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'It certainly feels good to be heard': Ontario farmers convince Ford government to abandon lot severances

Ontario farmers convince the Ontario government to abandon lot severances.

The proposal was included in a Provincial Planning Statement (PPS) designed to ease the housing crisis in Ontario.

Along with Bill 97, a separate piece of legislation, called the “Helping Homebuyers, Protecting Tenants Act”, Ontario is trying to find ways to build 1.5 million homes by 2031.

The PPS included a proposal to allow a parcel of farmland to be severed in three ways.

“Unfortunately the lot severance was something that was just I'm not sure there was going to be any middle ground,” says Ethan Wallace, director with the Ontario Federation of Agriculture (OFA). “Our province needs housing and we don't want to stand in the way of that. But we certainly think there's a more efficient and better use for farmland than simply sprawl housing.”

On May 19, the OFA issued a joint letter on behalf of most of Ontario’s agriculture associations, asking the government to abandon the severance proposal.

“The concerns surrounded operations like myself that are on the small side,” says Wallace. “A house can be put at the limit, the existing minimum distance separation, and it will prevent me from expanding my operation in the future.”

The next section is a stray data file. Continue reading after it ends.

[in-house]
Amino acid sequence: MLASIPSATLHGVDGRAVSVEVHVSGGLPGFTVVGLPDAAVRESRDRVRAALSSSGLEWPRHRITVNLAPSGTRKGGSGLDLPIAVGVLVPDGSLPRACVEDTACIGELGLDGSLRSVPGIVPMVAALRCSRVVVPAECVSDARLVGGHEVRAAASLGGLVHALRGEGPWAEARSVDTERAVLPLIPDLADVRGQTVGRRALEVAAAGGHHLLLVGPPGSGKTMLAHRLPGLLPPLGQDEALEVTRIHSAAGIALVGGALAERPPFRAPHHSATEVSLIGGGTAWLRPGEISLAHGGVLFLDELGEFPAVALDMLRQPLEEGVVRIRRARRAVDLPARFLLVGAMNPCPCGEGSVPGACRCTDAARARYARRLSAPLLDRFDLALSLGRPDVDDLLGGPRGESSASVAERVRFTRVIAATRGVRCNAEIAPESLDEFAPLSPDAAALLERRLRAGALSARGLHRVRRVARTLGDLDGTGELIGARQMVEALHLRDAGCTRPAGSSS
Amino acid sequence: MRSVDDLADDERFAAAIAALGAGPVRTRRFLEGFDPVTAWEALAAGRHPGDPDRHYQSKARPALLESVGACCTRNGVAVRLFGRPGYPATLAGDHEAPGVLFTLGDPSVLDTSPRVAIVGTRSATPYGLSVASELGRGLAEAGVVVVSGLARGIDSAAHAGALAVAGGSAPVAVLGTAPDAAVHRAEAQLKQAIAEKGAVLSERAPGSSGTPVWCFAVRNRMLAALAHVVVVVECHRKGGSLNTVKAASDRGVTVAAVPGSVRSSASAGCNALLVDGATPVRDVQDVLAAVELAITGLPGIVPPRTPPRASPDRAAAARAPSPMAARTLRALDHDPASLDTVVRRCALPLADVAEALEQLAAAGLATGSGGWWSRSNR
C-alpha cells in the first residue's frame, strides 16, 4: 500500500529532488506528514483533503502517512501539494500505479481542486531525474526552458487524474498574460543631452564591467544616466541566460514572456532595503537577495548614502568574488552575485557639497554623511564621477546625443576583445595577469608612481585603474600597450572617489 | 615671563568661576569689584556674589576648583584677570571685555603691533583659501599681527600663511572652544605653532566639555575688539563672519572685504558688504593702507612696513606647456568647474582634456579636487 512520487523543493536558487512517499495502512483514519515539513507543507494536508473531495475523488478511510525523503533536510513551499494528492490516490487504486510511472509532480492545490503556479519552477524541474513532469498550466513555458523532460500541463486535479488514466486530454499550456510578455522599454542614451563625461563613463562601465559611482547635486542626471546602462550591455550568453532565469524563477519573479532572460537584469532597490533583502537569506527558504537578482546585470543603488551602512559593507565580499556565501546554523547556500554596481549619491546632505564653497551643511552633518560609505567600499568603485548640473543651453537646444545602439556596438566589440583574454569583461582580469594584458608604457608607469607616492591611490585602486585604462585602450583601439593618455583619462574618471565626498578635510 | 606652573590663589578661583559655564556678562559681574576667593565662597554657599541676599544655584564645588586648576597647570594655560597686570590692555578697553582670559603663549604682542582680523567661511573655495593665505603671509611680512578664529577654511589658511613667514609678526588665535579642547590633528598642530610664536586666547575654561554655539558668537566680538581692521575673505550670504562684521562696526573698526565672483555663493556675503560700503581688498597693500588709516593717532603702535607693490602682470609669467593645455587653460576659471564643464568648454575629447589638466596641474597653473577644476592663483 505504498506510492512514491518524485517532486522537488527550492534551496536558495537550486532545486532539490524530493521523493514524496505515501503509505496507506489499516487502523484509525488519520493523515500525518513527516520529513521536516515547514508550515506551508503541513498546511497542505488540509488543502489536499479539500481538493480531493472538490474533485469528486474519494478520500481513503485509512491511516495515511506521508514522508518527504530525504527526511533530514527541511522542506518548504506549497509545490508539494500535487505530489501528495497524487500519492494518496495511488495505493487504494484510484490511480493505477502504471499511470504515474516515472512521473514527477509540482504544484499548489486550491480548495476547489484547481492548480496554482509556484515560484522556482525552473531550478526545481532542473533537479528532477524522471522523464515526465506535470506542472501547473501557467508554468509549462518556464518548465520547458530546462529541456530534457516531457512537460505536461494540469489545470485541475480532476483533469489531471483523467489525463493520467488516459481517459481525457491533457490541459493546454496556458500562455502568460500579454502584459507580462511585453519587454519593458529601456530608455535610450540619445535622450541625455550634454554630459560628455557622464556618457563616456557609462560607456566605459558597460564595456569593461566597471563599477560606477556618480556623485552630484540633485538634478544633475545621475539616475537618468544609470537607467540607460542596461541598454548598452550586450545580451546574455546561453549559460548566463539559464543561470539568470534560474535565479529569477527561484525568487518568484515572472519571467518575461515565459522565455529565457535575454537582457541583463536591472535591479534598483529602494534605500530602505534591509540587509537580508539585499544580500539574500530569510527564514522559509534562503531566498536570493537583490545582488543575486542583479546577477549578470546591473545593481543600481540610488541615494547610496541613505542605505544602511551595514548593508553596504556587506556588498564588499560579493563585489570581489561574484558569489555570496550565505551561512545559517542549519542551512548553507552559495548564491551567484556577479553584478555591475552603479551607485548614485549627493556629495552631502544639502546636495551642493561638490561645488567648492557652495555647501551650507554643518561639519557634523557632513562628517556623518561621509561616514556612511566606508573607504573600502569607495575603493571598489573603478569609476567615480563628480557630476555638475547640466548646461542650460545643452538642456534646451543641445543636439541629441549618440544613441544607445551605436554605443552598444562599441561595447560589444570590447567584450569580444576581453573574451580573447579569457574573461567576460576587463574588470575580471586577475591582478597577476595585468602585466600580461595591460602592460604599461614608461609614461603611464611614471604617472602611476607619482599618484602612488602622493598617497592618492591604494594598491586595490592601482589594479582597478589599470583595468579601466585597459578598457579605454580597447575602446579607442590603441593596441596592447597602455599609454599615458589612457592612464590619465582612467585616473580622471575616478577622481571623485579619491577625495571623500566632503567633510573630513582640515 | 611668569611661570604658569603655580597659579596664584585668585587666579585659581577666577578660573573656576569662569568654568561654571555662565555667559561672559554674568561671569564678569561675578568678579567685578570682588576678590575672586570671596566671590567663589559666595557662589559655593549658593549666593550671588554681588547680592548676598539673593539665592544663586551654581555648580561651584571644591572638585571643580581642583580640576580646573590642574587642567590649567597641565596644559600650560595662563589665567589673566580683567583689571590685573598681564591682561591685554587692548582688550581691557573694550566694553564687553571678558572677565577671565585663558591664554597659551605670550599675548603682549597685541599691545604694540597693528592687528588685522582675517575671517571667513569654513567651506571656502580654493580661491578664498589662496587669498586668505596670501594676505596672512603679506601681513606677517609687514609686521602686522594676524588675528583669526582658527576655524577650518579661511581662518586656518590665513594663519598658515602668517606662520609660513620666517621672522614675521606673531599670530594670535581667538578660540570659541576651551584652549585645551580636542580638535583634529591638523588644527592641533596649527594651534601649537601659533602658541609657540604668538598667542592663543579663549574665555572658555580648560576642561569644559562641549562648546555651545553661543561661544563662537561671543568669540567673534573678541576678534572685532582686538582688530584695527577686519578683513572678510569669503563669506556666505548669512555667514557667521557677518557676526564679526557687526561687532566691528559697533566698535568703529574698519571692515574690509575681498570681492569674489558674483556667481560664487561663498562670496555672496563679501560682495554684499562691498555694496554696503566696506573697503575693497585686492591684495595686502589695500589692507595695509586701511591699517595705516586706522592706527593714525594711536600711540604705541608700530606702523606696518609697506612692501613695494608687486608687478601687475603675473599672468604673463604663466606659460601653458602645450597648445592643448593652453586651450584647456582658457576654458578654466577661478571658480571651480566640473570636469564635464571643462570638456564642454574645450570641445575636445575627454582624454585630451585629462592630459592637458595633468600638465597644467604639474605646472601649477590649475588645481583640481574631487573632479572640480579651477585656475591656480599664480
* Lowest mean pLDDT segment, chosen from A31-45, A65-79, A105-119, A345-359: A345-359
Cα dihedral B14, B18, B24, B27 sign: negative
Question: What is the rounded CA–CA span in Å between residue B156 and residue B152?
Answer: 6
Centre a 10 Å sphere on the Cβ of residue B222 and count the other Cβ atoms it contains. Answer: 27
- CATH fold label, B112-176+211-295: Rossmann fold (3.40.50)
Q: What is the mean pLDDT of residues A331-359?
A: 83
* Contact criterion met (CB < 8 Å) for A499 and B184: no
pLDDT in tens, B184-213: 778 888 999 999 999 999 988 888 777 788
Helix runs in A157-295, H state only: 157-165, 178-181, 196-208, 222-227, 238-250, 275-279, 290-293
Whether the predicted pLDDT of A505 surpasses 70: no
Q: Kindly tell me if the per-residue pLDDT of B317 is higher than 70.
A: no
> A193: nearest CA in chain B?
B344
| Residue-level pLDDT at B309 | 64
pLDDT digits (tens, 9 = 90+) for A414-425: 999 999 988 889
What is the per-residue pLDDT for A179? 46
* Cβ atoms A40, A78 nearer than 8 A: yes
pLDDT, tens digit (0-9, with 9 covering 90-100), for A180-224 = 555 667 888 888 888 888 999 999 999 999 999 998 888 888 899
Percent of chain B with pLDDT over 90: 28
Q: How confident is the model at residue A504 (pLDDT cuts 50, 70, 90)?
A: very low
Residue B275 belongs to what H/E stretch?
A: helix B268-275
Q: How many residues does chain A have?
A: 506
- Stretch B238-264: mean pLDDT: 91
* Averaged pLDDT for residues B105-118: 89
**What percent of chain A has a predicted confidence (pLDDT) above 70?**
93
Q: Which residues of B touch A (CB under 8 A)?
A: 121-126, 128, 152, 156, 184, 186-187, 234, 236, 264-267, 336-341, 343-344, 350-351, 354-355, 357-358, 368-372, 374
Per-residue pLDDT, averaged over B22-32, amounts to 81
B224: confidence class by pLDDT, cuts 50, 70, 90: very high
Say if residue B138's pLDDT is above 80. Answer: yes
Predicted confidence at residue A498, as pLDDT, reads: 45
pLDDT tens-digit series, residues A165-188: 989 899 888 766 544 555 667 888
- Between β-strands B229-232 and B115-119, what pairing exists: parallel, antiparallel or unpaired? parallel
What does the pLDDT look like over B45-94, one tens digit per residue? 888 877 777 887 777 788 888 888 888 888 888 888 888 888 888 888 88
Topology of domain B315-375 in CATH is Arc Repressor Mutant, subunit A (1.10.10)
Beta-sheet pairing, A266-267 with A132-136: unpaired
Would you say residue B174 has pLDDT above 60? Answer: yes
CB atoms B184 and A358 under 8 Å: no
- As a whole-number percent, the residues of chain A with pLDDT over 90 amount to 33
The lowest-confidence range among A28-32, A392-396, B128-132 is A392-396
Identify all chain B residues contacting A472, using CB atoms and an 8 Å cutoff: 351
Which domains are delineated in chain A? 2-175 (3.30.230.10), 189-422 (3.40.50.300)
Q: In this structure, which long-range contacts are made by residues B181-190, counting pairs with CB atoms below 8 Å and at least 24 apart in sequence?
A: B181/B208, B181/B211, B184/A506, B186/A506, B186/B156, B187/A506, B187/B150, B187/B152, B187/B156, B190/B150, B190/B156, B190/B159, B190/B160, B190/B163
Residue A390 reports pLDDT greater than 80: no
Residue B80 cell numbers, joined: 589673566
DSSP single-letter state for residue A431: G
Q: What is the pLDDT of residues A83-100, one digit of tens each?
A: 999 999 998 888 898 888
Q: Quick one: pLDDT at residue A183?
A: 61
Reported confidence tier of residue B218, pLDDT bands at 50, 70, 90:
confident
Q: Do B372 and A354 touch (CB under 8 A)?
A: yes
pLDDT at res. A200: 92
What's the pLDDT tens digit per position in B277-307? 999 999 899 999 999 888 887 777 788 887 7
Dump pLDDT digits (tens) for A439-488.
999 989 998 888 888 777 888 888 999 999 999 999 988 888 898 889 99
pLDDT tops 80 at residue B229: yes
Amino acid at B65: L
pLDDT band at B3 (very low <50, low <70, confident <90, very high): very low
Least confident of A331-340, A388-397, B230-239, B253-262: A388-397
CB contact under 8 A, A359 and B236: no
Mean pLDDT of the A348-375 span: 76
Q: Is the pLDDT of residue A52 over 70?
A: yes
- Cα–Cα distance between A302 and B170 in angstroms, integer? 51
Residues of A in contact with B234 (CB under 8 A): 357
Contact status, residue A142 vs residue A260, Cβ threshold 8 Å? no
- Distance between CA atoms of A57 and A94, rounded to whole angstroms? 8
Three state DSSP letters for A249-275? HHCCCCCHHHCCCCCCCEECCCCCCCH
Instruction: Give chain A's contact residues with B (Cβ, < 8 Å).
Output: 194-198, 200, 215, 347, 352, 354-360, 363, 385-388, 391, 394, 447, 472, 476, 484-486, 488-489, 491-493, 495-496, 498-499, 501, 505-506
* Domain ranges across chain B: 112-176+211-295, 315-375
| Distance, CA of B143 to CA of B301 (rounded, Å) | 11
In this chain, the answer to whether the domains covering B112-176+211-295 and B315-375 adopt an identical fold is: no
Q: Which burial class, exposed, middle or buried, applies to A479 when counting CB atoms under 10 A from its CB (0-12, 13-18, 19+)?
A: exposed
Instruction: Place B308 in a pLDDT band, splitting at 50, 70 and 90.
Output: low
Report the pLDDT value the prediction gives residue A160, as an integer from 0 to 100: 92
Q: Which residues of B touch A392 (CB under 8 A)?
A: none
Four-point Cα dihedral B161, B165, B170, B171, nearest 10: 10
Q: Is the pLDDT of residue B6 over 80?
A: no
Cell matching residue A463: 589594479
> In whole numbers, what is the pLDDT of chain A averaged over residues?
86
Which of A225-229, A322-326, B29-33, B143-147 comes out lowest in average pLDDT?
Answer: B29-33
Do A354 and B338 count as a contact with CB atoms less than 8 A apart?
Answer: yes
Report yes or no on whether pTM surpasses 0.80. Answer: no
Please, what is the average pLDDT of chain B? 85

Wallace says after voicing their concerns the government “took the time to listen and to sit down with us”.

On May 29, the OFA issued a news release saying the province was abandoning the severance proposal.

“It certainly feels good that we were heard,” says Wallace. ”It means that they do respect agriculture here in Ontario.”

In a written statement to CTV News Tuesday, a spokesperson for the Ministry of Municipal Affairs and Housing confirmed, “We will not be moving forward with the proposal on rural lot severances.”

The Ministry says the proposal was meant to make it easier for farmers to sever a piece of their land to a descendent and allow them to build a home closer to existing barns or buildings than is currently allowed.

“To be clear: It has never been our intention for severed lots to be transferred or sold to non-family/farm owners, nor for these lots to have anything more than single-family homes (i.e. no multi-residential structures),” Minister Steve Clark wrote in his letter to the OFA. “Any ambiguity regarding our intentions will be clarified, eliminated and resolved.”

The government has now extended the public consultation phase on the PPS to August 4, 2023, to allow “..our government more time to consider alternative solutions to support multi-generational farm families..”.

According to, the Ontario government passed Bill 97 on Monday.

It will go into effect once it receives Royal Assent.

The legislation will allow cities, among other things, to expand their borders “at any time” in order to build more homes. Top Stories

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